GE Healthcare had revenue of $13.1 billion for the first nine months of 2013, which it expects to come to almost $17 billion for the full year. While GE Healthcare is larger than TMO by revenue, it has a broader product line including radiology equipment and health IT solutions where TMO doesn't compete.
The net result of the deal, and the completion of the Life acquisition, is to make TMO closer in size to GE Healthcare, but more tightly focused than its larger rival. Most analysts like the TMO story, with 12 out of 16 rating it a buy or overweight and none rating it an underweight or sell.
The one question analysts have is whether TMO will continue the Life policy of investing heavily in research after the acquisition. If it doesn't, it could show a higher bottom line in the short term in exchange for long-term growth. If it does, the growth in earnings may disappoint, leading to a fall in the share price.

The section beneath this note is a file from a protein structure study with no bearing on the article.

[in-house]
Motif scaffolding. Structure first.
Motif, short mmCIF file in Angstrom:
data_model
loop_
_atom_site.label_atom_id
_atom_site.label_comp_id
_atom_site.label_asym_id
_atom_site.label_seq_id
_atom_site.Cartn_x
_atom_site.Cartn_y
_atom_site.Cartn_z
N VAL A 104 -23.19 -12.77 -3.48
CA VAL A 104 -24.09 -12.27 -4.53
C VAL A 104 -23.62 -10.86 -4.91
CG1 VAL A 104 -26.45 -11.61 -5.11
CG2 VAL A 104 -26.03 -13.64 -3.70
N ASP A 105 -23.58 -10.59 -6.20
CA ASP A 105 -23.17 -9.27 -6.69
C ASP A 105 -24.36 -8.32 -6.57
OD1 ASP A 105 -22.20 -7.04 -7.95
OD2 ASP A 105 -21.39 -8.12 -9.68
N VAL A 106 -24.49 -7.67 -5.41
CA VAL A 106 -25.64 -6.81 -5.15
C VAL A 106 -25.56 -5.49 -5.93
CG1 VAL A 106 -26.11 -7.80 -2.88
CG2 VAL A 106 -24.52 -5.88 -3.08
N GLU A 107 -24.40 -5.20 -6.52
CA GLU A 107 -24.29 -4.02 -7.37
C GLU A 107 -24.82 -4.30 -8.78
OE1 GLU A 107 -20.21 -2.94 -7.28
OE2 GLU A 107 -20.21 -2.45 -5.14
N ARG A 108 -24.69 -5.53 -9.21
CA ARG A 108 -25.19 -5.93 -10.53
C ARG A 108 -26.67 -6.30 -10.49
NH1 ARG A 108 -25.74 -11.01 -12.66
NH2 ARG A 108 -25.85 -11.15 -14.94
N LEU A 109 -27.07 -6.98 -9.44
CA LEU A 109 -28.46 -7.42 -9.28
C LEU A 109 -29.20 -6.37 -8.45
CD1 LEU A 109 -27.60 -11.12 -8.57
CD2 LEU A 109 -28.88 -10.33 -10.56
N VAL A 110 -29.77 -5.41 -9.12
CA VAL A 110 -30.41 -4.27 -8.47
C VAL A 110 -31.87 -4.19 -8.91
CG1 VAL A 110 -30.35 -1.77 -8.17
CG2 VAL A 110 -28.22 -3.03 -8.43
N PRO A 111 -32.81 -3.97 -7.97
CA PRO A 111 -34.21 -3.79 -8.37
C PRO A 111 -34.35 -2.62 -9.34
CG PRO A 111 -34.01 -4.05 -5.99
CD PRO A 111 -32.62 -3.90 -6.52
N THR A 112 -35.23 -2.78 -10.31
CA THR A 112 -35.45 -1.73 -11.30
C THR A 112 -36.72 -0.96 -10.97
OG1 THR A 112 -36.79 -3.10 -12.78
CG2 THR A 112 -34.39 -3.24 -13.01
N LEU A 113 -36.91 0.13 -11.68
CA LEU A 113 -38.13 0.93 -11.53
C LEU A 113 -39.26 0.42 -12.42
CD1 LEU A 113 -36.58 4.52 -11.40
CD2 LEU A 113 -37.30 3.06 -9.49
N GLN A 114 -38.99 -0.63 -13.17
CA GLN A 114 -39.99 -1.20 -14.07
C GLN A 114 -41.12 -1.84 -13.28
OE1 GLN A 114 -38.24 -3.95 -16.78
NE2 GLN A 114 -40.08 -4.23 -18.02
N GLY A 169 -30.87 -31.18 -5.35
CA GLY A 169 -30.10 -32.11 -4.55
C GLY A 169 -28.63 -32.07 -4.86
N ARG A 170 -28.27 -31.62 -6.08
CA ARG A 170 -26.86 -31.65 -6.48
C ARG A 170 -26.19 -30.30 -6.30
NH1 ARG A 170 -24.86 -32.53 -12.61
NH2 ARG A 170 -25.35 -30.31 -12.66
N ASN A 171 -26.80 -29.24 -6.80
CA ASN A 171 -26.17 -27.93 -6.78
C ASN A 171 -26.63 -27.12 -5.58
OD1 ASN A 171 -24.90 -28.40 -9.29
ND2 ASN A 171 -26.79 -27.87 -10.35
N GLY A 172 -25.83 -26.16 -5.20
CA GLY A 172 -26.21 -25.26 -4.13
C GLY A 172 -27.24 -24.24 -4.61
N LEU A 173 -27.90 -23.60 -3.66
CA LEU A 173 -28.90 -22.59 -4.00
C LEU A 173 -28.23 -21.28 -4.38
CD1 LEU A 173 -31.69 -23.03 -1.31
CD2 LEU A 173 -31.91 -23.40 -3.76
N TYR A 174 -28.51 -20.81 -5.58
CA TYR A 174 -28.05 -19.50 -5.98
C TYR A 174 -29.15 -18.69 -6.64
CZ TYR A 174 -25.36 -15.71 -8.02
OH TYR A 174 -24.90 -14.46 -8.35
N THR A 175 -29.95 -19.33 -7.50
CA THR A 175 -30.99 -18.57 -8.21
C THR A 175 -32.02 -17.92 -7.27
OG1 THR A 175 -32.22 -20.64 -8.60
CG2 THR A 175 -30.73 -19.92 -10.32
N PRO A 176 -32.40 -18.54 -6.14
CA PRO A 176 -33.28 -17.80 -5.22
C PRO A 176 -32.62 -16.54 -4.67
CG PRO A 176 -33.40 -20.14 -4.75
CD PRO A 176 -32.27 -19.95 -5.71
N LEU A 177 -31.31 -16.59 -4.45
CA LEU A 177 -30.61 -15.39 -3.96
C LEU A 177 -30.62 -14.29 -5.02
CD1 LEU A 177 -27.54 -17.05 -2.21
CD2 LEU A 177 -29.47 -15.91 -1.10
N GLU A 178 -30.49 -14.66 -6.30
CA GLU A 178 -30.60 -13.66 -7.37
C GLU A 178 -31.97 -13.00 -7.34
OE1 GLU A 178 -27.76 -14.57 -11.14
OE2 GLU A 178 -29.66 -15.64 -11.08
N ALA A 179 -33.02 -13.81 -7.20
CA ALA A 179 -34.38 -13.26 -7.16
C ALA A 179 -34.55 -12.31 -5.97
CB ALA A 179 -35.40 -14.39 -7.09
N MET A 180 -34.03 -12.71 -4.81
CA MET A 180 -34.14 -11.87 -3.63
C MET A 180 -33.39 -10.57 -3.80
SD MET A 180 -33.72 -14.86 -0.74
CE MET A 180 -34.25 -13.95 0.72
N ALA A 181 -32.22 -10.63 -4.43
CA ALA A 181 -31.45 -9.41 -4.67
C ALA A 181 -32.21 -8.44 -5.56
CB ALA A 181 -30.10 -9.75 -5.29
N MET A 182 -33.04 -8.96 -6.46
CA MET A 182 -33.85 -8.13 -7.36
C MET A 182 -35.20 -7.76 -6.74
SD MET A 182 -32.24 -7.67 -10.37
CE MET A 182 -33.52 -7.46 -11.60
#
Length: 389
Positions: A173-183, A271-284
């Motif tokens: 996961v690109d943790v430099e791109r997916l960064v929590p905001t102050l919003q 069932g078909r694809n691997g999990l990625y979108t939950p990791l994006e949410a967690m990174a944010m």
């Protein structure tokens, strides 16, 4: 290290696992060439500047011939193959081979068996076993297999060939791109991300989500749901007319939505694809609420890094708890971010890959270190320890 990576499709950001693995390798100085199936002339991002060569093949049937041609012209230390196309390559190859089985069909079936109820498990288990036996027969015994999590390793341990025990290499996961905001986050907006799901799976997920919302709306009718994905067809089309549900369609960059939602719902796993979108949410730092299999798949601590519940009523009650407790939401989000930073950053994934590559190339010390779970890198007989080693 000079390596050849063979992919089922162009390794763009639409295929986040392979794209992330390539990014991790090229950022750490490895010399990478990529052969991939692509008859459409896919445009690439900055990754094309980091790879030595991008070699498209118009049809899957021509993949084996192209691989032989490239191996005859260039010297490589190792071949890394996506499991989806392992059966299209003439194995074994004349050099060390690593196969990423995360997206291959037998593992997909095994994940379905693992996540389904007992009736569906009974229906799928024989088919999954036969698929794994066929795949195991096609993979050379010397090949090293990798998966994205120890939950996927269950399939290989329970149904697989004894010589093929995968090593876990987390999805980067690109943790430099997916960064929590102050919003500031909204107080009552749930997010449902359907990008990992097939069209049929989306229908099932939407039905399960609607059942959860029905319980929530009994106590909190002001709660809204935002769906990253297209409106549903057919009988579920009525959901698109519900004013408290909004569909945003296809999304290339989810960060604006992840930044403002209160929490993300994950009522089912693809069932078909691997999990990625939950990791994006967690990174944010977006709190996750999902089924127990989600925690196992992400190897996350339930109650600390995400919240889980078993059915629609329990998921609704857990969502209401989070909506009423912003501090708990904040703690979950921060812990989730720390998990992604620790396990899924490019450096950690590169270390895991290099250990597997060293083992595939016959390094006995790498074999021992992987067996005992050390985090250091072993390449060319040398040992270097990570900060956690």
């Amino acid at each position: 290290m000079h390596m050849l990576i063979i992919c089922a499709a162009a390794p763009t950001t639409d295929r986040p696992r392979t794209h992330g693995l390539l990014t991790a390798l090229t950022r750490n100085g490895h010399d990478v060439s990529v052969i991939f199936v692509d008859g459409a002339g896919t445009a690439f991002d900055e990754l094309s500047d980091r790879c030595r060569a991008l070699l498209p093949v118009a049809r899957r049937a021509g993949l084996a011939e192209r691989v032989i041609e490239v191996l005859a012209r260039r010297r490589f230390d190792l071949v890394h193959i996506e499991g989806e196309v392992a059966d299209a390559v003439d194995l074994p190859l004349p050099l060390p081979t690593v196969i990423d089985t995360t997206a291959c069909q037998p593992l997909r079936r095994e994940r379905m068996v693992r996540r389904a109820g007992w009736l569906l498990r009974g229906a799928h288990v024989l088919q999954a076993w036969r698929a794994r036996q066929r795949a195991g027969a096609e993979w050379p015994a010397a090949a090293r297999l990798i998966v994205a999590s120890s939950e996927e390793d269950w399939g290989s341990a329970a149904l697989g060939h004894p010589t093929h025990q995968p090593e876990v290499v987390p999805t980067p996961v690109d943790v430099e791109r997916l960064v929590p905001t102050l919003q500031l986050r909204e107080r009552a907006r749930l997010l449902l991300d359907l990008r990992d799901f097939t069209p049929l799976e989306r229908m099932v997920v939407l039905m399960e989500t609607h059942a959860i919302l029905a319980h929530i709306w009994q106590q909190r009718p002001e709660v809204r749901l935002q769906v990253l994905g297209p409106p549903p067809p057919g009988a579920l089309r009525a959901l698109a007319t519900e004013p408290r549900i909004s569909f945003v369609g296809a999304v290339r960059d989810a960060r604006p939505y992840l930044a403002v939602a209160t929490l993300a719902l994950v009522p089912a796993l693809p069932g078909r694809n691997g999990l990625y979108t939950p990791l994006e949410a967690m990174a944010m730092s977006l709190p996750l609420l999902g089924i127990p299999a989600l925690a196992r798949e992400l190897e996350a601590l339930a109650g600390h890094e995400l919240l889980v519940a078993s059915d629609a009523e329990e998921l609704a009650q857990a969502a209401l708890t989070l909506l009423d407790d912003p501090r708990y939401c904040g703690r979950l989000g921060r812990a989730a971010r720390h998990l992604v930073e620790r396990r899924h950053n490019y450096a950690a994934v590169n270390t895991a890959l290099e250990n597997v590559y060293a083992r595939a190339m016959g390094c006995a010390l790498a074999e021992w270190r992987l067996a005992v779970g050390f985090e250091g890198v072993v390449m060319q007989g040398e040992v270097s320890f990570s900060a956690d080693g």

So far analysts seem to be cheering the deal. ISI Group raised its target price on Thermo Fisher to $121.50 recently. The problem is that Thermo Fisher was trading at $110 before the deal. This could be a stock getting ahead of itself.
At the time of publication the author owned shares of GE.
This article represents the opinion of a contributor and not necessarily that of TheStreet or its editorial staff.